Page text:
is actually a fine montecule and like Fiaclach earlier, has some fine views to offer. From the windswept summit we continued to enjoy the phantasmagorical shapes in the sky.

Creag Dhubh from Cougie
ImageP1170945 by Al, on Flickr

ImageP1170948 by Al, on Flickr

ImageP1170949 by Al, on Flickr

ImageP1170950 by Al, on Flickr

Creag Dhubh
ImageP1170952 by Al, on Flickr

ImageP1170962 by Al, on Flickr

ImageP1170963 by Al, on Flickr

More strange clouds
ImageP1170971 by Al, on Flickr

ImageP1170975 by Al, on Flickr

We journeyed back to Cannaich with the threat of rain in the air, but it came to nothing. A shower, hot food and an early night was the plan - sleep however was banished from about 9pm by live music - I'm assuming from the nearby Slater's Arms. Like, rock music that went on for the next three and a half hours. Not what I was anticipating up here in the quiet countryside, but there you go. So the extra hour in bed with the clocks going back failed to refresh.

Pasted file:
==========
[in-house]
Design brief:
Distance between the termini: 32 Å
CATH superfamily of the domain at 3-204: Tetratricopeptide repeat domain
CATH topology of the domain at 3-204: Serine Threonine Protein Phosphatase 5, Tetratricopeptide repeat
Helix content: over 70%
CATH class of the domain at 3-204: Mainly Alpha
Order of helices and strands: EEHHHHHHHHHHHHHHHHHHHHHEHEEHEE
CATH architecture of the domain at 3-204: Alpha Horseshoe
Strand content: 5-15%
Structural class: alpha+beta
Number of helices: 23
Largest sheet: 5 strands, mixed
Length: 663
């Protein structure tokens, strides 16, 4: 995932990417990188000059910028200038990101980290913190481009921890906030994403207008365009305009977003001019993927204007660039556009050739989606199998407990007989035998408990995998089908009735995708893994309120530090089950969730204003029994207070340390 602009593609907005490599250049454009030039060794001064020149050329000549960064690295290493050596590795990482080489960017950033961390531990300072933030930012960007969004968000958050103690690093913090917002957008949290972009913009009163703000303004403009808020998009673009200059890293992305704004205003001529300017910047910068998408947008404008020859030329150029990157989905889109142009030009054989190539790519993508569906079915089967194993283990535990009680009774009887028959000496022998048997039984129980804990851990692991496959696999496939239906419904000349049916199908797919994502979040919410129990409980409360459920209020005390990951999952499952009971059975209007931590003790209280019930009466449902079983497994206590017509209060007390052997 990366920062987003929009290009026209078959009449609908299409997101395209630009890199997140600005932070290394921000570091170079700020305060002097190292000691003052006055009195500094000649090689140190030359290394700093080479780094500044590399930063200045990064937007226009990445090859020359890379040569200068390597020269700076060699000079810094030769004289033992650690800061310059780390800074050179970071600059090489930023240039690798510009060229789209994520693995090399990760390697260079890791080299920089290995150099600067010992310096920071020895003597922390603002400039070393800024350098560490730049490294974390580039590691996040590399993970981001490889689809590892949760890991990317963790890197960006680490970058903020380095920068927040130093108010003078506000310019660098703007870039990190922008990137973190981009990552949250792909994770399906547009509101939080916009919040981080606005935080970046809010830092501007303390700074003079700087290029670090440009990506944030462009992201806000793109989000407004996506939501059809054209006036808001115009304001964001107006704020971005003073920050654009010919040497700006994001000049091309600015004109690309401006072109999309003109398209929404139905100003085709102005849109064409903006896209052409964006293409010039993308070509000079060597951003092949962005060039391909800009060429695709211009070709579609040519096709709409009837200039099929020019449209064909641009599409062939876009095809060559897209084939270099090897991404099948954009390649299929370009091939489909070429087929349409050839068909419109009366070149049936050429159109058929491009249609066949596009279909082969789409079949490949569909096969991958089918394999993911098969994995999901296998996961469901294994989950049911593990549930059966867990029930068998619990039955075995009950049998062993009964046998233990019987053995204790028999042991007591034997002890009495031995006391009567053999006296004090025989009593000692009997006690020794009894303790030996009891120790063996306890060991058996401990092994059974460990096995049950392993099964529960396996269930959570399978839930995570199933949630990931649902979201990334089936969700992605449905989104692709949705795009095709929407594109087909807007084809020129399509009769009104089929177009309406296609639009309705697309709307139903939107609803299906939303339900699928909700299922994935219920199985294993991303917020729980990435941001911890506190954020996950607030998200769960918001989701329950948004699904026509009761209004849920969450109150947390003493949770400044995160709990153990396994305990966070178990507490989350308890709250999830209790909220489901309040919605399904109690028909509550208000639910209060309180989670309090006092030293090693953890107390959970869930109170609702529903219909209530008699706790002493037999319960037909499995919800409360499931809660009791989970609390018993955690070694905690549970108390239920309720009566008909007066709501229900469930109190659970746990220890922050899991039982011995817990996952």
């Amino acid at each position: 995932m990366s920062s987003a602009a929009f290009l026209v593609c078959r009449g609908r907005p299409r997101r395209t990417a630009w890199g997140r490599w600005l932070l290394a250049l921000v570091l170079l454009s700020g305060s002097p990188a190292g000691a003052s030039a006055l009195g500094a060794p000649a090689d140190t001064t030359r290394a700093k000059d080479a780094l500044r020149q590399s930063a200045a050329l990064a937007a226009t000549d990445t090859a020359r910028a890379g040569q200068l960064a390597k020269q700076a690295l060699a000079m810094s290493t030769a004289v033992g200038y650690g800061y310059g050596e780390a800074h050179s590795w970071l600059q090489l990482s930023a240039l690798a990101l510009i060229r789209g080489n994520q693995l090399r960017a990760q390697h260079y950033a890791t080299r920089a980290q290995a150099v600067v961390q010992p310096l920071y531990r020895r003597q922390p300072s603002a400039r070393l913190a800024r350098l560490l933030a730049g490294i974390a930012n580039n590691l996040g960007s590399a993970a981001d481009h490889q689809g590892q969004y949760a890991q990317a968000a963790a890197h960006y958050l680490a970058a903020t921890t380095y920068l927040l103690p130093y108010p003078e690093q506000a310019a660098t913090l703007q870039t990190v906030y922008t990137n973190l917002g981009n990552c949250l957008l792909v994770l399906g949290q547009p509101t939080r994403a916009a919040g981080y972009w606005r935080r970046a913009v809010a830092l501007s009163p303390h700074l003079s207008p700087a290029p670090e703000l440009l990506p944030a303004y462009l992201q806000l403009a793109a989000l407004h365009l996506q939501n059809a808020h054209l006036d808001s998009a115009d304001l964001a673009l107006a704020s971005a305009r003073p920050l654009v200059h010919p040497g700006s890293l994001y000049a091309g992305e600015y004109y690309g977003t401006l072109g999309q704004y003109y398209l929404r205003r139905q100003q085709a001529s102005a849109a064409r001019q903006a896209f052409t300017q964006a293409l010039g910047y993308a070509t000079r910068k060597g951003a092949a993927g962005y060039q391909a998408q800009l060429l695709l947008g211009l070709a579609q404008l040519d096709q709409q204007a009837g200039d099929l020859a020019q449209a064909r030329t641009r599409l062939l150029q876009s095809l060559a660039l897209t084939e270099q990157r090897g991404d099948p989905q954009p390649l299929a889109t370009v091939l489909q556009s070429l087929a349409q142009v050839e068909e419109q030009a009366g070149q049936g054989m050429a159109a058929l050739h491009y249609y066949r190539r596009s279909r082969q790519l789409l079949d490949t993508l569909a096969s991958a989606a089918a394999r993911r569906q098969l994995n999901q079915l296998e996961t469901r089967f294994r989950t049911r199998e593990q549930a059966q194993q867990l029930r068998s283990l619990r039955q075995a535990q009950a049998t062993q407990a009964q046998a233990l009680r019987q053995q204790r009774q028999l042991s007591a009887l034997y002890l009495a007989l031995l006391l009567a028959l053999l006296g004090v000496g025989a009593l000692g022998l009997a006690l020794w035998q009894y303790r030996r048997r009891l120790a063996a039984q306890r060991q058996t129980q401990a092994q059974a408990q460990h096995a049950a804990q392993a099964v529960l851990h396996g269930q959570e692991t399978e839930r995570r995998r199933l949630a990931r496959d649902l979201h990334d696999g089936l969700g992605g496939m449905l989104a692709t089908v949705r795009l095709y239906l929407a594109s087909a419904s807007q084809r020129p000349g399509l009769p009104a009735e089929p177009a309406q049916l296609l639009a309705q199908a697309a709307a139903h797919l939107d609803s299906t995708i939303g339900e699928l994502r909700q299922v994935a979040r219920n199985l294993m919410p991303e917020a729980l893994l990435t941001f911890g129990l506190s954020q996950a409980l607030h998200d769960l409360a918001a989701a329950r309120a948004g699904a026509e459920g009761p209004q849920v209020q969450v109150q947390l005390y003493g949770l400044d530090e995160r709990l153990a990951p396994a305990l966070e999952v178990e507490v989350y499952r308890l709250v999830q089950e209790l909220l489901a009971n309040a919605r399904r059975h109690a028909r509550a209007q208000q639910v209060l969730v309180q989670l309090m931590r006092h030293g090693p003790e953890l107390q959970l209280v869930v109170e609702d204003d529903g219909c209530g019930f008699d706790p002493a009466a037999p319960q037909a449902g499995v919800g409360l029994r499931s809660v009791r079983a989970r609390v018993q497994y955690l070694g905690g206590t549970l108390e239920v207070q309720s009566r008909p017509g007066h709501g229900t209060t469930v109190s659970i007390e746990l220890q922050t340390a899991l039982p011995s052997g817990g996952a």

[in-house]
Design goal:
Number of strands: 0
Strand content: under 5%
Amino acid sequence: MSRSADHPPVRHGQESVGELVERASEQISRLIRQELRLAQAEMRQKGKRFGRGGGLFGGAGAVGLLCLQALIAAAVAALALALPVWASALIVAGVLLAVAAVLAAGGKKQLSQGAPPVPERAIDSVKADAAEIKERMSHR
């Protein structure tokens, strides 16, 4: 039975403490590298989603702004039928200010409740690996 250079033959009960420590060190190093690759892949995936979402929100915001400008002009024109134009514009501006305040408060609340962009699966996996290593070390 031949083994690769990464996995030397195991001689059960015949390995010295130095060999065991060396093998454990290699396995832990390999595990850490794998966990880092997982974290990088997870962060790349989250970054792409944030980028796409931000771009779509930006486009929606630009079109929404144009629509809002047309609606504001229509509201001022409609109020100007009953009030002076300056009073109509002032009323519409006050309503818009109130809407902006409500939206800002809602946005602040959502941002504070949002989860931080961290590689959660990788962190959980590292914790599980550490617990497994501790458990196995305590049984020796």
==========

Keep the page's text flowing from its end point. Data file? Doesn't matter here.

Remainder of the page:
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We had an earlyish start the following day, lack of sleep or not - a route of around 20km to the north of Loch Mullardoch then the lengthy drive home in the dark. We packed up - nice when the tent's dry - and reached the car park by Mullardoch dam before 9am. A lovely clear morning driving along the road, several royal stags bellowing as we passed, walking on and by the roadside with an air of lofty indifference to our doings. No other cars in the car park - that was a bit surprising. We set off along the track noticing how it had been widened since our first visit with heavy packs 4 years ago. We reached a pumping station or some such Hyrdo building and set off to our right into Coire an t-Sith. The hydro track goes quite a way up here too, until it reaches an inlet and we're returned to old fashioned boggy stalkers' path. We folloed this for a time then broke off to our right and made up the gentle slopes of Creag Dhubh, Carn na Gobhar's eastern Top. As we climbed we were met by an intensely cold north wind and by the time we reached the summit cairn we were frozen. Fond memories of camping up here on my last visit on a balmy night were banished by the frost.

ImageP1170976 by Al, on Flickr

ImageP1170978 by Al, on Flickr

Good track up by the Allt Mullardoch
ImageP1170979 by Al, on Flickr

ImageP1170980 by Al, on Flickr

Creag Dhubh
ImageP1170981 by Al, on Flickr

ImageP1170986 by Al, on Flickr